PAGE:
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Online Solicitation of Prostitution and How Texas Prosecutes

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Texas Online Solicitation of Prostitution Laws

The Texas law on prostitution is very clear: it’s a criminal offense that can land you in jail. These days, more and more people are moving their prostitution activities online. For example, some websites offer escort services or body rubs that are actually a cover for illegal prostitution activities. Make no mistake, it’s just as much of a crime to solicit sex for money online as it is on the street.

Texas uses some specific methods to crack down on online solicitation of prostitution cases. If you find yourself facing charges on this offense, you need to know as much as you can about your options.

What Is Solicitation of Prostitution?

Most people are aware that paying for sex in the state of Texas is a criminal offense. However, did you know that you can be arrested, jailed and prosecuted for this crime even if you don’t go through with the act? It’s true, you can face prostitution charges simply for attempting to arrange a transaction with a sex worker. This crime is known as solicitation of prostitution.

Suppose that James is browsing an online forum where locals arrange dates, sell items and share gossip. On one page, James notices that several women are posting pictures of themselves in revealing clothing and offering massages for an hourly fee. James contacts one of these women and sets up a meeting. He shows up to the meeting with cash in his pocket and meets with the woman. He agrees to give her the money when the session is over and then police officers rush in and place him under arrest. They charge him with a prostitution offense.

Even though James did not actually participate in a sexual act, he can still be arrested and charged. This is because he:

  • Responded to an ad on a website known to be used by sex workers
  • Agreed to meet and pay for a service that could reasonably be expected to include a sexual act for pay
  • Showed up to the meeting with cash in the agreed upon amount

Based on this evidence, the police may assume that James intended to pay a prostitute in exchange for sexual services. Under the law, James can be charged with solicitation of prostitution.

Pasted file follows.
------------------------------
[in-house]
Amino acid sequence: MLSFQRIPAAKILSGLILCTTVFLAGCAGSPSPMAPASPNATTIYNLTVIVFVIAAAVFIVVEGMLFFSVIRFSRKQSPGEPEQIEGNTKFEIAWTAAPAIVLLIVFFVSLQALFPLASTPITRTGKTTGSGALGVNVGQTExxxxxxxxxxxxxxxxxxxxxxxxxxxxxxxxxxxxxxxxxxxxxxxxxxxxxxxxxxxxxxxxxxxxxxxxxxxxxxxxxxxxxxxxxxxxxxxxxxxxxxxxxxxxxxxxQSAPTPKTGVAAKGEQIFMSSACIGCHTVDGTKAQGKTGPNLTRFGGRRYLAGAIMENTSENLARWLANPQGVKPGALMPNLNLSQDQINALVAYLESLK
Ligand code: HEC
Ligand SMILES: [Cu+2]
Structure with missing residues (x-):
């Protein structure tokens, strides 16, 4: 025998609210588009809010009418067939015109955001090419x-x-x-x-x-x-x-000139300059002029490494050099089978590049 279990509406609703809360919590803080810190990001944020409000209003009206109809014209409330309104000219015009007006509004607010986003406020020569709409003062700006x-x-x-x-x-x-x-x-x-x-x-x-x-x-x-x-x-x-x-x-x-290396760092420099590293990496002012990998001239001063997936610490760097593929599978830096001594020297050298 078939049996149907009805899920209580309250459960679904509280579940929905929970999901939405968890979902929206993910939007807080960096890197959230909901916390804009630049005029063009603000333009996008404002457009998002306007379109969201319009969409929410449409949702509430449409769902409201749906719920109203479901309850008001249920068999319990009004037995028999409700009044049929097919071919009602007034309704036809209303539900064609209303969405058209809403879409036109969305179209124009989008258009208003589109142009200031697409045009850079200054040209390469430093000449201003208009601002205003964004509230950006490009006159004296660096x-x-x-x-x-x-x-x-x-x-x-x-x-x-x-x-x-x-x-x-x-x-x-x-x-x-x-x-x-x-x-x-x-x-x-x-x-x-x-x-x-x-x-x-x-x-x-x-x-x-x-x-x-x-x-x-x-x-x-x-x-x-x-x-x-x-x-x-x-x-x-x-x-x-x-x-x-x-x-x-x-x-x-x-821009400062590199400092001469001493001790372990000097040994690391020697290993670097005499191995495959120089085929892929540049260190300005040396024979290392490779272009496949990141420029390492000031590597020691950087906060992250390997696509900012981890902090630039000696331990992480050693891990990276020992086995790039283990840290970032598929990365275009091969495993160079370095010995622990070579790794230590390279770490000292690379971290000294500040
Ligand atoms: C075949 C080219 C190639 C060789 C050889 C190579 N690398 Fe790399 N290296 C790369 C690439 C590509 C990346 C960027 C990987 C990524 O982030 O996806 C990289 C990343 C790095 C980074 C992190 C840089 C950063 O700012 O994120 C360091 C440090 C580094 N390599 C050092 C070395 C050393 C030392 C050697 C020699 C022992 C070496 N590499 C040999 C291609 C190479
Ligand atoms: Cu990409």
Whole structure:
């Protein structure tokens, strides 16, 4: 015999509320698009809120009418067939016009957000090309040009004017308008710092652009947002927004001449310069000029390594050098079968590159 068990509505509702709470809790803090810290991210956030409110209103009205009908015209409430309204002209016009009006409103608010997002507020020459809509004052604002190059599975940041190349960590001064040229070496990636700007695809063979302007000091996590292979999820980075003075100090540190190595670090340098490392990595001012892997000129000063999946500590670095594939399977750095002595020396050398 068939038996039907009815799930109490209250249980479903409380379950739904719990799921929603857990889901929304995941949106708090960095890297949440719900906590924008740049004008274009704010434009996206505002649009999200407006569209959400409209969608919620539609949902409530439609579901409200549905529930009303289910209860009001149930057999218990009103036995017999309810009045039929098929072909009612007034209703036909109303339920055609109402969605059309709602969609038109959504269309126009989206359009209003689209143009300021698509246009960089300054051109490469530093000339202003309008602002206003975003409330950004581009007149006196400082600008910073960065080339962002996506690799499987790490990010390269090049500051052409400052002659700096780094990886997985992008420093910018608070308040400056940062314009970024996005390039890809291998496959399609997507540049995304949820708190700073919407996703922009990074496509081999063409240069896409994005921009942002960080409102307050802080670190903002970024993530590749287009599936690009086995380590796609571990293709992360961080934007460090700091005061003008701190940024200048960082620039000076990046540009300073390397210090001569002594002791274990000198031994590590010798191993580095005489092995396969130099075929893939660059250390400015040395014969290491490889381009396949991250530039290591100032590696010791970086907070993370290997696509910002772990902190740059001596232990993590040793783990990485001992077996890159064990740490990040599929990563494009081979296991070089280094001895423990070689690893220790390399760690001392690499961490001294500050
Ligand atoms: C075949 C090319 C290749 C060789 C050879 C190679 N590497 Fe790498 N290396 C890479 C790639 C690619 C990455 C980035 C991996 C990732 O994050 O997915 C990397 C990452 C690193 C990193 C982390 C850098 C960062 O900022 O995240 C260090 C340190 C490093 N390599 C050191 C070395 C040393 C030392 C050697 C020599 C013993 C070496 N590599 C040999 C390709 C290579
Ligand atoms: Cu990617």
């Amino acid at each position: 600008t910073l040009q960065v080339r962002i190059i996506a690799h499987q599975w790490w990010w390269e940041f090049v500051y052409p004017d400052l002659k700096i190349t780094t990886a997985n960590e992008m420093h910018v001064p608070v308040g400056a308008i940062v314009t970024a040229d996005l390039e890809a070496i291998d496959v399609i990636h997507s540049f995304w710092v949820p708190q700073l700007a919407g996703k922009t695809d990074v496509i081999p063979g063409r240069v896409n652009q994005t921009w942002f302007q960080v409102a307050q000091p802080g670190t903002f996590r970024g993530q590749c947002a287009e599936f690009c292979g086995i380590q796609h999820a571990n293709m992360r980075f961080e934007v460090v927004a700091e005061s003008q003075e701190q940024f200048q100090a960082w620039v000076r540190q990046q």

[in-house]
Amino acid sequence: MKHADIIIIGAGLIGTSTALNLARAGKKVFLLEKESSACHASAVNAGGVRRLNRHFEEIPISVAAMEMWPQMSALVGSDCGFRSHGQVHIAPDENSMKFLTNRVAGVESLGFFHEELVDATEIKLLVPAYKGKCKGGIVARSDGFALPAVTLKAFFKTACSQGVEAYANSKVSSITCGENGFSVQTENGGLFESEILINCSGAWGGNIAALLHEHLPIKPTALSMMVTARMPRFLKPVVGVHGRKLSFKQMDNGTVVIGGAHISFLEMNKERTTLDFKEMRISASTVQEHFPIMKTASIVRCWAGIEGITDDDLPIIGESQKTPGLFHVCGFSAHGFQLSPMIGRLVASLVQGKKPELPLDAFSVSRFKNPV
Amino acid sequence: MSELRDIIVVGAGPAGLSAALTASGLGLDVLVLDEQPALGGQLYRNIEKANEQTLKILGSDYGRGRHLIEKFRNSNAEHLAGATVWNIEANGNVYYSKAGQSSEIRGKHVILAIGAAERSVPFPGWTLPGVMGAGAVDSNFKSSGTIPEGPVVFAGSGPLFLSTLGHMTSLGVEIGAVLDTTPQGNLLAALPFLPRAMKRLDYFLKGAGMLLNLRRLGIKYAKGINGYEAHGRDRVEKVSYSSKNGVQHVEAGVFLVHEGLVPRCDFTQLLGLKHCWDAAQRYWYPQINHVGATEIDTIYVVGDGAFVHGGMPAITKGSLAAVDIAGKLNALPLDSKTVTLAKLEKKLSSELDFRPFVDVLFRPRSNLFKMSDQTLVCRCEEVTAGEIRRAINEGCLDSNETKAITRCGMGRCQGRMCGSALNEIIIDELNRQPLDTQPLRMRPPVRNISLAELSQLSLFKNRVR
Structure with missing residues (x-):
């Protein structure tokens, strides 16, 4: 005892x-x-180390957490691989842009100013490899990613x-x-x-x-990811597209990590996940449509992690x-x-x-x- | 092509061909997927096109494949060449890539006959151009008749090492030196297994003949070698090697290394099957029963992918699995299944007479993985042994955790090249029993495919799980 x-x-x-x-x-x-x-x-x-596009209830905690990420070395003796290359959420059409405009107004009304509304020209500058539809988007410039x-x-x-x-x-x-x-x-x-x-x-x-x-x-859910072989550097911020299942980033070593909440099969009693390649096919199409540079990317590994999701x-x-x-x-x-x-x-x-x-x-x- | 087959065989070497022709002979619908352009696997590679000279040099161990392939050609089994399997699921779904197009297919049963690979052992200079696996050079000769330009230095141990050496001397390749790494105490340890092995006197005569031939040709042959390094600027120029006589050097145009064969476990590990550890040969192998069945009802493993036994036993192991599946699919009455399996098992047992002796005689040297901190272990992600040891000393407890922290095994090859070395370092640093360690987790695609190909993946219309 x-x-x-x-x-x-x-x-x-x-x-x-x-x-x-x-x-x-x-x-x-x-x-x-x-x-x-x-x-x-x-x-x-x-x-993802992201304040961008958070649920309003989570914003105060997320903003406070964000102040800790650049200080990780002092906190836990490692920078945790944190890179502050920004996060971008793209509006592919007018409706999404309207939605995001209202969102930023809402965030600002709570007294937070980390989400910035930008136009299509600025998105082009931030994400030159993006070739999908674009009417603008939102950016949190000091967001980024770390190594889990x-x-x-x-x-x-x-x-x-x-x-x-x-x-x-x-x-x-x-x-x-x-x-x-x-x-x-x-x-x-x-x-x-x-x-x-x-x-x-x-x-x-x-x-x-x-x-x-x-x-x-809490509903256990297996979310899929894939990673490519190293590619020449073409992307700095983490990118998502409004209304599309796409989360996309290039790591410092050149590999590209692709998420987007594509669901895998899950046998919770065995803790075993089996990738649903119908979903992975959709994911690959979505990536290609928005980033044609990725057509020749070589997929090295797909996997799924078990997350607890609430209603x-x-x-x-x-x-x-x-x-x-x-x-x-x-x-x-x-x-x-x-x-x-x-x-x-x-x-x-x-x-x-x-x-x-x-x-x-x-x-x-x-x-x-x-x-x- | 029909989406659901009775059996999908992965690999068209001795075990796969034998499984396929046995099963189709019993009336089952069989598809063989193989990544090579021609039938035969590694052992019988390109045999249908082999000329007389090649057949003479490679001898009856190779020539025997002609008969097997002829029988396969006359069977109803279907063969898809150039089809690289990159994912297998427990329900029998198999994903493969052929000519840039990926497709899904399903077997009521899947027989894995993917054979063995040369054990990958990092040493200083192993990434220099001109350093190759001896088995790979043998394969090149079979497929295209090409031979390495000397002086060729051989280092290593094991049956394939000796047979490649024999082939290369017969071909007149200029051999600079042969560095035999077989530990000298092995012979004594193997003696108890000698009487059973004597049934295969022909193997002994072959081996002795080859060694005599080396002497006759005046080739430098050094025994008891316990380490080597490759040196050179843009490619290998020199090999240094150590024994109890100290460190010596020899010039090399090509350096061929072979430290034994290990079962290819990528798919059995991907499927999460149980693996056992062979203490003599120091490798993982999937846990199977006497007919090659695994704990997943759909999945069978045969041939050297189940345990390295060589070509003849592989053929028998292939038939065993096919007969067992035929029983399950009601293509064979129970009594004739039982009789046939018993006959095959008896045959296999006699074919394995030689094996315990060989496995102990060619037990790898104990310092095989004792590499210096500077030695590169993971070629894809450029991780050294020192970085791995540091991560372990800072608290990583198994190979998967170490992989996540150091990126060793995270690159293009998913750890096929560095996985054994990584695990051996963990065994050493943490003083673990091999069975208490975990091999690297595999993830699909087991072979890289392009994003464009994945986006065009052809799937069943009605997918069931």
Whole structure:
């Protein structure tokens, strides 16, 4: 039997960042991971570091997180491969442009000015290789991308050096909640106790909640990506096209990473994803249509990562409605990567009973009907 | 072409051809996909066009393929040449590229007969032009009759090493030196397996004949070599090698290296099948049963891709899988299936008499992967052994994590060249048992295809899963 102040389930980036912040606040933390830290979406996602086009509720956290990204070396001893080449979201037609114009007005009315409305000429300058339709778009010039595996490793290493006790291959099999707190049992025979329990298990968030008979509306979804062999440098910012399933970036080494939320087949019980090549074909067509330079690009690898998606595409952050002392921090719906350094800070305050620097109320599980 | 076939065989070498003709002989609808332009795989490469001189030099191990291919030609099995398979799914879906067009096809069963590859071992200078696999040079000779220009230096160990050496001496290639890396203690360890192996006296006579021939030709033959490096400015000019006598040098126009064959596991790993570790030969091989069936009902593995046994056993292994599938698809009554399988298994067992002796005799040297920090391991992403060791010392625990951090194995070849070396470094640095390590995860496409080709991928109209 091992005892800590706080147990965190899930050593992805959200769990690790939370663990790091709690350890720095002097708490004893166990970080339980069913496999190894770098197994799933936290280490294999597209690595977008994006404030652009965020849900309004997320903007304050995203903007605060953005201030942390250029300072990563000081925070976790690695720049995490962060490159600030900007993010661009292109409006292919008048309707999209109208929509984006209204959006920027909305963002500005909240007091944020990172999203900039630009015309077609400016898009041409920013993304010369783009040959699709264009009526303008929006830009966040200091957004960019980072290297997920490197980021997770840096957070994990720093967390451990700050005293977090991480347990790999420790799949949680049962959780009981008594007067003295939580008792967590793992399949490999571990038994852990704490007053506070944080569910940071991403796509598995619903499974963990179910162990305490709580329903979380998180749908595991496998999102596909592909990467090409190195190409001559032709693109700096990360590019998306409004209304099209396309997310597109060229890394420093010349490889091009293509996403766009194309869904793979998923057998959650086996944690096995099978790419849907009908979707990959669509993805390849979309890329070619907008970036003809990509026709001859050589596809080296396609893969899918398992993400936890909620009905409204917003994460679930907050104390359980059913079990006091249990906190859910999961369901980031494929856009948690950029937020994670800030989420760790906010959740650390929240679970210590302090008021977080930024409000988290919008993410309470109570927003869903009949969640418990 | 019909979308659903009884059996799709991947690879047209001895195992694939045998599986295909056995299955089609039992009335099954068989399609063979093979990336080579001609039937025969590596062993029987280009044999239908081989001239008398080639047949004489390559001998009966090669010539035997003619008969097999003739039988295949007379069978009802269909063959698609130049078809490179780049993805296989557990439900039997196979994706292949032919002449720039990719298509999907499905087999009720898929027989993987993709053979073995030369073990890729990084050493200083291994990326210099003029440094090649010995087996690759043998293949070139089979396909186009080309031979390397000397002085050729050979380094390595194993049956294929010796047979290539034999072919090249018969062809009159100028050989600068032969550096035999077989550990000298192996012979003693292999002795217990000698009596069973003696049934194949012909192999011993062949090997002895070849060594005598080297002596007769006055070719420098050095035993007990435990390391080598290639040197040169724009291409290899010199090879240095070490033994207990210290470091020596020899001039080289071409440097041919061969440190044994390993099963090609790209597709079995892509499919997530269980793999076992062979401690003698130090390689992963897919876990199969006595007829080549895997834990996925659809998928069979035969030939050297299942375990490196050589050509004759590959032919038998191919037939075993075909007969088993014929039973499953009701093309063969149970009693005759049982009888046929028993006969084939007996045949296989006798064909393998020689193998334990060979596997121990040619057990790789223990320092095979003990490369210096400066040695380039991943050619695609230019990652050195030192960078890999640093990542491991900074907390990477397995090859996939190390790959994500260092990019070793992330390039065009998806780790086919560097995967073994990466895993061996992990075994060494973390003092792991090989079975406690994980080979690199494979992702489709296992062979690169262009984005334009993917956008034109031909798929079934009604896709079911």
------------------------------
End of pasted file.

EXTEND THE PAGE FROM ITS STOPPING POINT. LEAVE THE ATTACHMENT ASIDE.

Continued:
The Issue of Intent

In the example above, a person was arrested for their intent to commit a crime. This is because, under Texas law, it is illegal to arrange a criminal act, even if that act doesn’t necessarily take place. To some people, this may look like entrapment. However, law enforcement is very careful to arrange sting operations to catch people who try to pay for sexual services.

These days, many police departments use online stings to gather evidence in prostitution cases. While some people might claim that they are simply trying to pay for a massage from a private individual, the police can use emails, phone conversations and text messages to prosecute these cases in court.

The prosecution may use these messages to claim that a defendant knew exactly what services were being offered, even if those services weren’t explicitly discussed or if they were discussed using coded language. The elements of the offense include:

  • A request to exchange money for sex
  • An act showing that the defendant intended to follow through on the agreement

Therefore, if a person requests a “full body massage” for $200 from a person on a website and then meets that person with cash in hand, the prosecution may use these facts to claim that the defendant fully intended to pay for sexual services.

Legal Penalties

In Texas, solicitation of prostitution is a Class B misdemeanor for a first-time offense. A conviction for this offense is punishable by:

  • Up to 180 days in county jail
  • Up to $2000 in fines
  • Community service and probation

Additional prostitution offenses can lead to enhanced penalties and, in some cases, felony charges.

Legal Defenses

It may seem difficult to fight against solicitation of prostitution charges when the police can make an arrest before a person even goes through with the act. However, in these cases, the prosecution must still prove intent on the part of the defendant.

For this reason, a defense attorney may choose to focus on intent when they present their legal case. For example, they might argue that the defendant was simply exchanging messages online and never intended to actually go through with the act. If the defense attorney can show the court that the defendant never actually made an attempt to complete the agreed-upon act, the charges might be dropped and the defendant may avoid a conviction.

Have you or someone you know been charged with solicitation of prostitution? Get a strong legal defense as soon as possible. Attorney Brett Podolsky can get you the best results possible. Contact his office today at 713-227-0087.

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